Lupus is an autoimmune disease – a condition in which the body mistakes its own healthy tissues as foreign invaders. As a result, the body wrongly attacks its own cells, which leads to inflammation and damage to various body tissues. Lupus can affect many parts of the body, including the joints, skin, kidneys, heart, lungs, blood vessels and brain.
Lupus affects one out of every 185 Americans, with more than 16,000 people developing the condition each year. Although lupus can occur at any age and in both men and women, 90 percent of those diagnosed with lupus are female. In addition, African Americans, Latinos, Asians and Native Americans are at an increased risk. The cause of the disorder is unknown. However, research indicates that a combination of genetic, environmental and possibly hormonal factors are involved.
Although there is no cure for lupus, effective treatment can greatly reduce symptoms and help maintain normal body functions.
Our Approach to Lupus
UCSF provides comprehensive evaluations and advanced, personalized care for lupus. Because lupus can involve different systems in the body, our team includes doctors from several specialties, such as rheumatology, dermatology, nephrology and neurology. Our providers focus on moderate to severe lupus, and have expertise in lupus nephritis and other manifestations of the condition that can damage organs.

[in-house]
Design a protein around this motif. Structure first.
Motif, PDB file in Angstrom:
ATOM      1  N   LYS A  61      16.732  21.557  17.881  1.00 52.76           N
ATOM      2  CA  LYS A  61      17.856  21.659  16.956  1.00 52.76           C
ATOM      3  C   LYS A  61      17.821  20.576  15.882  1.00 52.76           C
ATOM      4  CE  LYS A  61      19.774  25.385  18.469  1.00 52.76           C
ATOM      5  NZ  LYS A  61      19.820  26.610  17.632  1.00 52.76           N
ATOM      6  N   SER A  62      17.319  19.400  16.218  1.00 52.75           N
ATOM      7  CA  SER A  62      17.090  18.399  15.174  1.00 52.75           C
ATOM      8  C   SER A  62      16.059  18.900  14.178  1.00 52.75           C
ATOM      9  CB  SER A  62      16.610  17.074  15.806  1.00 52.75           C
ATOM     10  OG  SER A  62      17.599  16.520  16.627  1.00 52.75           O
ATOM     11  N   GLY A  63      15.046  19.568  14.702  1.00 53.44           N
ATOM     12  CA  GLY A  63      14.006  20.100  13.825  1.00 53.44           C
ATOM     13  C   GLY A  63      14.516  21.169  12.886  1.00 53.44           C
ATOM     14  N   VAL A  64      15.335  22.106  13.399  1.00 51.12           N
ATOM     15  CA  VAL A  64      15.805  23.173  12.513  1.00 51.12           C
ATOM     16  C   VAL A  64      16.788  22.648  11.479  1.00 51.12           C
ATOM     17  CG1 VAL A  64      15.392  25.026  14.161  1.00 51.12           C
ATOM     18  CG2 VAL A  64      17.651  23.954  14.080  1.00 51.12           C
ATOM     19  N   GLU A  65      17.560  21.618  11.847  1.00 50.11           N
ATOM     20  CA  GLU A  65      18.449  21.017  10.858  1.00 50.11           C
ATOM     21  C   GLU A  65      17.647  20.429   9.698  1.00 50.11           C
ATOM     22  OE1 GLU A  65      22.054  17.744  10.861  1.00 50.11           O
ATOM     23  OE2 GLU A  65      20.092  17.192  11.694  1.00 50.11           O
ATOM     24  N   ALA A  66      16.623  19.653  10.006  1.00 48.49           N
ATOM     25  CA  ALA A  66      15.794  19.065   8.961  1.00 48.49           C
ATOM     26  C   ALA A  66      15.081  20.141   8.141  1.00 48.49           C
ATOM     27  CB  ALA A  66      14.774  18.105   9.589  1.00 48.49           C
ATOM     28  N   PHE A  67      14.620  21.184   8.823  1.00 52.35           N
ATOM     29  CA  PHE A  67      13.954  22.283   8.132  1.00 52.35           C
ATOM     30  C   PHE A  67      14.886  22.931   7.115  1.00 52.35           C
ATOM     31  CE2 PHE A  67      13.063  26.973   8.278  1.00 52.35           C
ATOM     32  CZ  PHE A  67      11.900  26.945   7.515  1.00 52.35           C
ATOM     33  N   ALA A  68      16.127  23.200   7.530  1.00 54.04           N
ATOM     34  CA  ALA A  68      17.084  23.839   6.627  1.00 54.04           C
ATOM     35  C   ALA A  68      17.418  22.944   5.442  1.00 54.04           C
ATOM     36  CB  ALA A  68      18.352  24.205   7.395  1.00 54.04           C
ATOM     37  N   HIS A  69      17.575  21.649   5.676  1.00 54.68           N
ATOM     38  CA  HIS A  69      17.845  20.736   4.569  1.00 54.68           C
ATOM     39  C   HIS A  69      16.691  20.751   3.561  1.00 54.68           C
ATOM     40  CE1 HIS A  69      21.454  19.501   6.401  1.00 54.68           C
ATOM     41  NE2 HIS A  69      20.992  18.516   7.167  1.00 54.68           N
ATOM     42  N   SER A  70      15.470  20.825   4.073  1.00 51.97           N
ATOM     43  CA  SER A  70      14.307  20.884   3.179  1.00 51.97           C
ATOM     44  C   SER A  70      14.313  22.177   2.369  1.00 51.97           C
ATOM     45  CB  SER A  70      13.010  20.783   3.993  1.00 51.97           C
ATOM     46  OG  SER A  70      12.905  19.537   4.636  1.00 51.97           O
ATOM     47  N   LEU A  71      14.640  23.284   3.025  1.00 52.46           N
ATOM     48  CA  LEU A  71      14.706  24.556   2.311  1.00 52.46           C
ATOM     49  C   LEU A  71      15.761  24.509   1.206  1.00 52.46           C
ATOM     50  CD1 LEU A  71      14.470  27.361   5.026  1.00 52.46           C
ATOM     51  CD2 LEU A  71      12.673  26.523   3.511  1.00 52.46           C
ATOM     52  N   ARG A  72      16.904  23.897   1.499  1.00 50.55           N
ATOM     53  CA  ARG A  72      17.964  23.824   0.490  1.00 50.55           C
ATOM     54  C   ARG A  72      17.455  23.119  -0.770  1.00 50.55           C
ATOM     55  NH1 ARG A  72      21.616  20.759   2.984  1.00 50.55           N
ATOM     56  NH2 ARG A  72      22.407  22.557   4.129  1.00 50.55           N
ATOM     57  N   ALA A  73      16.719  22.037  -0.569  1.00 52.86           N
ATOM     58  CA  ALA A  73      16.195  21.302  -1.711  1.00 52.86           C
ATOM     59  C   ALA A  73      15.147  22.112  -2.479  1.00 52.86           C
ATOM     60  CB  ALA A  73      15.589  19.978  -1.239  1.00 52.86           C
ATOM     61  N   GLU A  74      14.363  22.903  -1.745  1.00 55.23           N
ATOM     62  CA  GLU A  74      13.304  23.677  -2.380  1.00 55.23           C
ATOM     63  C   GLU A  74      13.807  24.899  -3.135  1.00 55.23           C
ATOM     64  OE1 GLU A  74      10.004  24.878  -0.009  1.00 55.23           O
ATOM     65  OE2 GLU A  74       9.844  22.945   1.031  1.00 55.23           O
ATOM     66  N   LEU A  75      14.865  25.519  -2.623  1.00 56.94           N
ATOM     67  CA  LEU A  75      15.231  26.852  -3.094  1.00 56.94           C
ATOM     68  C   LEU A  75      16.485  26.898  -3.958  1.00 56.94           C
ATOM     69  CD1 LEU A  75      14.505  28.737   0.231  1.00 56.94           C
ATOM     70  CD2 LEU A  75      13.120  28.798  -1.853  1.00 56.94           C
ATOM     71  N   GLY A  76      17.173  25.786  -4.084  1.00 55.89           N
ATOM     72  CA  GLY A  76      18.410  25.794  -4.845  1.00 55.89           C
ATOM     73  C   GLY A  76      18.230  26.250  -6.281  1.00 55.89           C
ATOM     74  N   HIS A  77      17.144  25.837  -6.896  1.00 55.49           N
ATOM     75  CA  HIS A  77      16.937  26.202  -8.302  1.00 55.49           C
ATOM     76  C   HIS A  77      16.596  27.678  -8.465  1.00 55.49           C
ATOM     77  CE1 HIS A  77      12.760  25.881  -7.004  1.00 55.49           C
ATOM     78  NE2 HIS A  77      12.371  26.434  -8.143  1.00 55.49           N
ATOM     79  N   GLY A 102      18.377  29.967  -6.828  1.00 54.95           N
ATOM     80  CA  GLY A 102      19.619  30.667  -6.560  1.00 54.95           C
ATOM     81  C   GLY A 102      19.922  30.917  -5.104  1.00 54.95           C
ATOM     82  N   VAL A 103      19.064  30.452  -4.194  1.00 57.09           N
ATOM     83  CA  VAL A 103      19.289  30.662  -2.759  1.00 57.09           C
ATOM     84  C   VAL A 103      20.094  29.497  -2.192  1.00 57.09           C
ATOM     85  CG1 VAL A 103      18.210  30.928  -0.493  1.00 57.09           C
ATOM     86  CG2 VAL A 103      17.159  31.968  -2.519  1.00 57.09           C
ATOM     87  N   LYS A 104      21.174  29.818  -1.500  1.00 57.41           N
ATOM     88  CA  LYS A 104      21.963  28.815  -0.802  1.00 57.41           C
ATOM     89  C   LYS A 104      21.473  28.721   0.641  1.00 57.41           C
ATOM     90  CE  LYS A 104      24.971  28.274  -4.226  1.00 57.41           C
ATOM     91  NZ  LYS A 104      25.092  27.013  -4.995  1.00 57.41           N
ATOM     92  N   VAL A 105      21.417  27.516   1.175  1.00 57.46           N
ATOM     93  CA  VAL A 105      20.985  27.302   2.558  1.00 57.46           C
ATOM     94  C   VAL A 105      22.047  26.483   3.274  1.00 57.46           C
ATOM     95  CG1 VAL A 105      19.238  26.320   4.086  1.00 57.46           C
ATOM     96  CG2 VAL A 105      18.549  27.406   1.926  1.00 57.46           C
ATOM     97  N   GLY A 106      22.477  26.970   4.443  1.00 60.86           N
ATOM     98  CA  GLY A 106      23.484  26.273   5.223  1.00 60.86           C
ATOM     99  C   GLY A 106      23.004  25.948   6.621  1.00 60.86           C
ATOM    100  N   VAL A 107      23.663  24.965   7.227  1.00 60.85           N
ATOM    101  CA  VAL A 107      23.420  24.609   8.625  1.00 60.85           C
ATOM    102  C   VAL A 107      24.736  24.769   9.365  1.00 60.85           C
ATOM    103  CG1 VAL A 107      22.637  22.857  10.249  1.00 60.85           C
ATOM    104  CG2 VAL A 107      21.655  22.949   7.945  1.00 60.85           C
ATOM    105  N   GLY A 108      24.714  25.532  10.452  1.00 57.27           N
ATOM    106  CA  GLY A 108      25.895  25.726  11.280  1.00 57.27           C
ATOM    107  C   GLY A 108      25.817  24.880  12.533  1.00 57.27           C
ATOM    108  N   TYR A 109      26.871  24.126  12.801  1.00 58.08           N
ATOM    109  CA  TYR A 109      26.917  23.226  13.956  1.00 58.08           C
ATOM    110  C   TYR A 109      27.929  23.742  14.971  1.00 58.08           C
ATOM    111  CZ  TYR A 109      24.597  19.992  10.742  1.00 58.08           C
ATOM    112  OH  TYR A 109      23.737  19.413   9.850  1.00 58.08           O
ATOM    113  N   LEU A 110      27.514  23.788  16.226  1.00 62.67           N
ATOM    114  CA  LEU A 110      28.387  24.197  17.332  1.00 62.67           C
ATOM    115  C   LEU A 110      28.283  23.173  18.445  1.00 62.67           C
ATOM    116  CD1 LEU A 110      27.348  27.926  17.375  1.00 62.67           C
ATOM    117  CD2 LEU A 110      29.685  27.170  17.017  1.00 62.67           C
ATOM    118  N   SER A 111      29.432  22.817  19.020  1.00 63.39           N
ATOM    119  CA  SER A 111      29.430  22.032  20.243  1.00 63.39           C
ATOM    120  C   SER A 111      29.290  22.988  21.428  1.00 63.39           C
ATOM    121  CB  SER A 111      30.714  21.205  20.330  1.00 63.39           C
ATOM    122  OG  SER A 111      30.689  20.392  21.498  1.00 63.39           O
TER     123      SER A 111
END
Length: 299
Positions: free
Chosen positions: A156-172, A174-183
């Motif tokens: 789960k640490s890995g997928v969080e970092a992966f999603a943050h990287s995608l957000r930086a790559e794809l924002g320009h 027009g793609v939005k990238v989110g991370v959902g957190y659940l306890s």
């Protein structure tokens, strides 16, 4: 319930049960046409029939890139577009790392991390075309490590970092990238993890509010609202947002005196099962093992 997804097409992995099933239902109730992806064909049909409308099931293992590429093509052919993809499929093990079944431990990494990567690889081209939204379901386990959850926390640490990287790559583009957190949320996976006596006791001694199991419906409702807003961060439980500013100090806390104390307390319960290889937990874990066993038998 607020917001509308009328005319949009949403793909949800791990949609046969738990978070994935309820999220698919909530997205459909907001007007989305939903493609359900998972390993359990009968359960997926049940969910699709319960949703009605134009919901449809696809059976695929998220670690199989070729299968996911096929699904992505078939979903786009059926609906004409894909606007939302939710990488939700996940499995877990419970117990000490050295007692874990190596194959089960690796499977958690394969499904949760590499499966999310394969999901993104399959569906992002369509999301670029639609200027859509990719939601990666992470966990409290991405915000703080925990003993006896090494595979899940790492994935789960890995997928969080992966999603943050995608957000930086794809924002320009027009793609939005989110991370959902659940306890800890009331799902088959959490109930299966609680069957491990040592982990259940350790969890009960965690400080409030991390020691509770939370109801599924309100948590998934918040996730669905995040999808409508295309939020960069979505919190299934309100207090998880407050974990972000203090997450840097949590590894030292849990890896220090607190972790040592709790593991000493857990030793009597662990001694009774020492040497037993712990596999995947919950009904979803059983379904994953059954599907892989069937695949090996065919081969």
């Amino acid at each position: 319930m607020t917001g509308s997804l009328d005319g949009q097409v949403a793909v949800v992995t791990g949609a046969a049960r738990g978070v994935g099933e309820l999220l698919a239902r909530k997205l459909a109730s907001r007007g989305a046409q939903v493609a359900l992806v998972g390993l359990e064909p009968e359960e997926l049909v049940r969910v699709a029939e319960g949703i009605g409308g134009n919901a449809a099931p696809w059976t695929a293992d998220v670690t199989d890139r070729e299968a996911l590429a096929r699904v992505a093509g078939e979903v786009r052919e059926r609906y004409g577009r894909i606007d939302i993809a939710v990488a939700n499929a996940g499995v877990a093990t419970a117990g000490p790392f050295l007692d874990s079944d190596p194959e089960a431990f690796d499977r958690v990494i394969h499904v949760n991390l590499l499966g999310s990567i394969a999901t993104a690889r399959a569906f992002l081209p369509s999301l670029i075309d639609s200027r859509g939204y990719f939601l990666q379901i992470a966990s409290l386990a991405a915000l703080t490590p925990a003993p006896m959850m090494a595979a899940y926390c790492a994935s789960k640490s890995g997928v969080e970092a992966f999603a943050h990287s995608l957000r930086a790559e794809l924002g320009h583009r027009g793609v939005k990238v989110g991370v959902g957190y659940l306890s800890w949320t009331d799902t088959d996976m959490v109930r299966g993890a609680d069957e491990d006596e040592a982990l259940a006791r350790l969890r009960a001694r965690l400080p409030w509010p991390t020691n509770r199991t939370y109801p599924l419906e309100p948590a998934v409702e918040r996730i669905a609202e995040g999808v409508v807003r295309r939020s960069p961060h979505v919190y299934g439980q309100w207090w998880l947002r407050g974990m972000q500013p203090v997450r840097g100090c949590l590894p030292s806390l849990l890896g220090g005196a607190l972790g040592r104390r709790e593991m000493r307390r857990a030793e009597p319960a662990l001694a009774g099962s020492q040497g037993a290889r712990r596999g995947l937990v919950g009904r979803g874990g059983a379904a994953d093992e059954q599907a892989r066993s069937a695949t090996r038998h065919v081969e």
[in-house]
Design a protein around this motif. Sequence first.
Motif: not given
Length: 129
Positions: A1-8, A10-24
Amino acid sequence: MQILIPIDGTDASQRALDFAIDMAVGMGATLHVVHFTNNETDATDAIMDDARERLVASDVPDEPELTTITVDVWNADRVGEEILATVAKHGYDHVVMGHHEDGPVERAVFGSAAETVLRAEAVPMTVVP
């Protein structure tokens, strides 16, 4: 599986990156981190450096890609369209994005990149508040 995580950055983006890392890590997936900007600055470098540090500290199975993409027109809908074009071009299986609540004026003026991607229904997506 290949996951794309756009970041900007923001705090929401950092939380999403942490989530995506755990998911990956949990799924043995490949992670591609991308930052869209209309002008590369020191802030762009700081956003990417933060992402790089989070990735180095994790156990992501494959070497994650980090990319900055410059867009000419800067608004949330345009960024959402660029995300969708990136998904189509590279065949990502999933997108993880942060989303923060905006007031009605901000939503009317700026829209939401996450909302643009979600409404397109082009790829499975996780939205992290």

Treatment options include medications to suppress the immune system and reduce inflammation. Antimalarial drugs also may improve symptoms and prevent major flare-ups. Many people with lupus find that lifestyle changes – such as getting sufficient sleep, adopting a more nutritious diet and exercising regularly &ndash help to manage their condition and improve their quality of life.
In addition to caring for patients, our providers conduct clinical trials to evaluate potential new treatments for lupus. Interested patients may have the option to receive investigational treatments through a clinical trial.
Awards & recognition
Among the top hospitals in the nation
Best in California and No. 7 in the nation for rheumatology
Signs & symptoms
Although the severity and range of symptoms of lupus differ for each person, common symptoms include:
- Painful or swollen joints and muscle pain
- Unexplained fever
- "Butterfly" rashes, most commonly across the bridge of nose and cheeks
- Chest pain when breathing deeply, called pleurisy
- Unusual hair loss
- Sensitivity to the sun
- Swelling, or edema, in the legs or around the eyes
- Swollen glands
- Extreme fatigue
Your doctor will begin by recording your complete medical history, including a description of your symptoms. You also will undergo a physical examination to check for any physical signs of the disease. In order to make a definitive diagnosis of lupus a number of tests may be used, including the following: